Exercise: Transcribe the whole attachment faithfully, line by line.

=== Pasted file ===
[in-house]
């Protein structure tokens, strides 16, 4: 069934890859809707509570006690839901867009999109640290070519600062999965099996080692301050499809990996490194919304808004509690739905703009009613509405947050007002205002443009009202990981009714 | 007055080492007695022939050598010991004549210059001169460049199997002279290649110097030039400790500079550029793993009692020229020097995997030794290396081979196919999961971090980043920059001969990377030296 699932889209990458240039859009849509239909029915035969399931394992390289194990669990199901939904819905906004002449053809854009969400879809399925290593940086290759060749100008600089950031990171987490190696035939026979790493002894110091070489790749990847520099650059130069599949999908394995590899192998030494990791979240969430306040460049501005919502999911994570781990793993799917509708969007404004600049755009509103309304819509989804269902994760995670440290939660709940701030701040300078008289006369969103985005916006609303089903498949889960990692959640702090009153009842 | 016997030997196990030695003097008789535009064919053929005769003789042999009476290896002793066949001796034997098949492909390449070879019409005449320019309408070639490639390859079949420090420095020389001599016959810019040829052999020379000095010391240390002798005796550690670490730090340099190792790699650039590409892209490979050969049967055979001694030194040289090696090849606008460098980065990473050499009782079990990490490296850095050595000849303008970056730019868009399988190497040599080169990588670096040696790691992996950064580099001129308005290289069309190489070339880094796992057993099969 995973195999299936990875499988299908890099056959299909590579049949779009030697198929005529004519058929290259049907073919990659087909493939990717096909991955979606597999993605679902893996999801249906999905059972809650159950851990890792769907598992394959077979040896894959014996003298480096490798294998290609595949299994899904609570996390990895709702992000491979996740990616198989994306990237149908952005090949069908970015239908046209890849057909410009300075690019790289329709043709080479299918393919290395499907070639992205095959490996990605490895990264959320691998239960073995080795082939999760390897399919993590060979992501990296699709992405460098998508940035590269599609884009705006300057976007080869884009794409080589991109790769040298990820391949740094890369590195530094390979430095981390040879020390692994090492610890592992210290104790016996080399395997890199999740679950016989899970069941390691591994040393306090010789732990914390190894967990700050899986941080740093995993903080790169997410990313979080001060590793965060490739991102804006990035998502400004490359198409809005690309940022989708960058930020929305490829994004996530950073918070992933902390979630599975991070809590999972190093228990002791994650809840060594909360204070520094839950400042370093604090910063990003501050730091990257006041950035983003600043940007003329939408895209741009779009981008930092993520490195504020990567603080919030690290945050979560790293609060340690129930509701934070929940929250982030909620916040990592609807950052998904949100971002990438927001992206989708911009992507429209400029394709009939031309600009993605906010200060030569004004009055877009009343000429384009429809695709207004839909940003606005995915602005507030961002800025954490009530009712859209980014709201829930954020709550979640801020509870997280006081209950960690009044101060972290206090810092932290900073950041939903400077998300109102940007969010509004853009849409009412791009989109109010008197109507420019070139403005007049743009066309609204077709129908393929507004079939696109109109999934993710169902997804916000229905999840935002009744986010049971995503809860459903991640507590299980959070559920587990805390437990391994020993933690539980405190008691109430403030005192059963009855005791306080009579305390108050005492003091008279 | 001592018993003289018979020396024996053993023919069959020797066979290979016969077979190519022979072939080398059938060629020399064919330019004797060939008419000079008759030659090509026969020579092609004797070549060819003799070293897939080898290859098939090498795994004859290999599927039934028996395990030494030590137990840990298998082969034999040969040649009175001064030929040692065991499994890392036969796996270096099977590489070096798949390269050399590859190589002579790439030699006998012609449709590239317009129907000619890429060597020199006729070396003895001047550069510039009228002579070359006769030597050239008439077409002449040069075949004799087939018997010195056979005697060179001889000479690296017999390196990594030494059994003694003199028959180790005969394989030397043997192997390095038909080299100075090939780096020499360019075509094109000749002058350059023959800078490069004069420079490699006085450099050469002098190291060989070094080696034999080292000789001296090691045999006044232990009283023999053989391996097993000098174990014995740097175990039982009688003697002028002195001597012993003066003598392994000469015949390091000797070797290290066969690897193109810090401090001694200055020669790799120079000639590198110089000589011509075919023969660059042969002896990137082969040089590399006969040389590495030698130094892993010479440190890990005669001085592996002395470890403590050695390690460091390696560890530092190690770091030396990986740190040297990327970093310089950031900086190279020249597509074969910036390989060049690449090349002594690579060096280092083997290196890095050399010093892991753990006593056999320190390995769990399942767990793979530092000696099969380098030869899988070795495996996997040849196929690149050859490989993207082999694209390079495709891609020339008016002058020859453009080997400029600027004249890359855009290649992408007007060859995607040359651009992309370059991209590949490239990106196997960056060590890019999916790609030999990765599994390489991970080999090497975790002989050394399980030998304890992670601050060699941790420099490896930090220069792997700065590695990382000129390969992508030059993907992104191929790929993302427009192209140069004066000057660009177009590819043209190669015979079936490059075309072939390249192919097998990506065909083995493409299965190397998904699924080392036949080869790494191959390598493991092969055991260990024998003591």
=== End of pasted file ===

[in-house]
């Protein structure tokens, strides 16, 4: 069934890859809707509570006690839901867009999109640290070519600062999965099996080692301050499809990996490194919304808004509690739905703009009613509405947050007002205002443009009202990981009714 | 007055080492007695022939050598010991004549210059001169460049199997002279290649110097030039400790500079550029793993009692020229020097995997030794290396081979196919999961971090980043920059001969990377030296 699932889209990458240039859009849509239909029915035969399931394992390289194990669990199901939904819905906004002449053809854009969400879809399925290593940086290759060749100008600089950031990171987490190696035939026979790493002894110091070489790749990847520099650059130069599949999908394995590899192998030494990791979240969430306040460049501005919502999911994570781990793993799917509708969007404004600049755009509103309304819509989804269902994760995670440290939660709940701030701040300078008289006369969103985005916006609303089903498949889960990692959640702090009153009842 | 016997030997196990030695003097008789535009064919053929005769003789042999009476290896002793066949001796034997098949492909390449070879019409005449320019309408070639490639390859079949420090420095020389001599016959810019040829052999020379000095010391240390002798005796550690670490730090340099190792790699650039590409892209490979050969049967055979001694030194040289090696090849606008460098980065990473050499009782079990990490490296850095050595000849303008970056730019868009399988190497040599080169990588670096040696790691992996950064580099001129308005290289069309190489070339880094796992057993099969 995973195999299936990875499988299908890099056959299909590579049949779009030697198929005529004519058929290259049907073919990659087909493939990717096909991955979606597999993605679902893996999801249906999905059972809650159950851990890792769907598992394959077979040896894959014996003298480096490798294998290609595949299994899904609570996390990895709702992000491979996740990616198989994306990237149908952005090949069908970015239908046209890849057909410009300075690019790289329709043709080479299918393919290395499907070639992205095959490996990605490895990264959320691998239960073995080795082939999760390897399919993590060979992501990296699709992405460098998508940035590269599609884009705006300057976007080869884009794409080589991109790769040298990820391949740094890369590195530094390979430095981390040879020390692994090492610890592992210290104790016996080399395997890199999740679950016989899970069941390691591994040393306090010789732990914390190894967990700050899986941080740093995993903080790169997410990313979080001060590793965060490739991102804006990035998502400004490359198409809005690309940022989708960058930020929305490829994004996530950073918070992933902390979630599975991070809590999972190093228990002791994650809840060594909360204070520094839950400042370093604090910063990003501050730091990257006041950035983003600043940007003329939408895209741009779009981008930092993520490195504020990567603080919030690290945050979560790293609060340690129930509701934070929940929250982030909620916040990592609807950052998904949100971002990438927001992206989708911009992507429209400029394709009939031309600009993605906010200060030569004004009055877009009343000429384009429809695709207004839909940003606005995915602005507030961002800025954490009530009712859209980014709201829930954020709550979640801020509870997280006081209950960690009044101060972290206090810092932290900073950041939903400077998300109102940007969010509004853009849409009412791009989109109010008197109507420019070139403005007049743009066309609204077709129908393929507004079939696109109109999934993710169902997804916000229905999840935002009744986010049971995503809860459903991640507590299980959070559920587990805390437990391994020993933690539980405190008691109430403030005192059963009855005791306080009579305390108050005492003091008279 | 001592018993003289018979020396024996053993023919069959020797066979290979016969077979190519022979072939080398059938060629020399064919330019004797060939008419000079008759030659090509026969020579092609004797070549060819003799070293897939080898290859098939090498795994004859290999599927039934028996395990030494030590137990840990298998082969034999040969040649009175001064030929040692065991499994890392036969796996270096099977590489070096798949390269050399590859190589002579790439030699006998012609449709590239317009129907000619890429060597020199006729070396003895001047550069510039009228002579070359006769030597050239008439077409002449040069075949004799087939018997010195056979005697060179001889000479690296017999390196990594030494059994003694003199028959180790005969394989030397043997192997390095038909080299100075090939780096020499360019075509094109000749002058350059023959800078490069004069420079490699006085450099050469002098190291060989070094080696034999080292000789001296090691045999006044232990009283023999053989391996097993000098174990014995740097175990039982009688003697002028002195001597012993003066003598392994000469015949390091000797070797290290066969690897193109810090401090001694200055020669790799120079000639590198110089000589011509075919023969660059042969002896990137082969040089590399006969040389590495030698130094892993010479440190890990005669001085592996002395470890403590050695390690460091390696560890530092190690770091030396990986740190040297990327970093310089950031900086190279020249597509074969910036390989060049690449090349002594690579060096280092083997290196890095050399010093892991753990006593056999320190390995769990399942767990793979530092000696099969380098030869899988070795495996996997040849196929690149050859490989993207082999694209390079495709891609020339008016002058020859453009080997400029600027004249890359855009290649992408007007060859995607040359651009992309370059991209590949490239990106196997960056060590890019999916790609030999990765599994390489991970080999090497975790002989050394399980030998304890992670601050060699941790420099490896930090220069792997700065590695990382000129390969992508030059993907992104191929790929993302427009192209140069004066000057660009177009590819043209190669015979079936490059075309072939390249192919097998990506065909083995493409299965190397998904699924080392036949080869790494191959390598493991092969055991260990024998003591």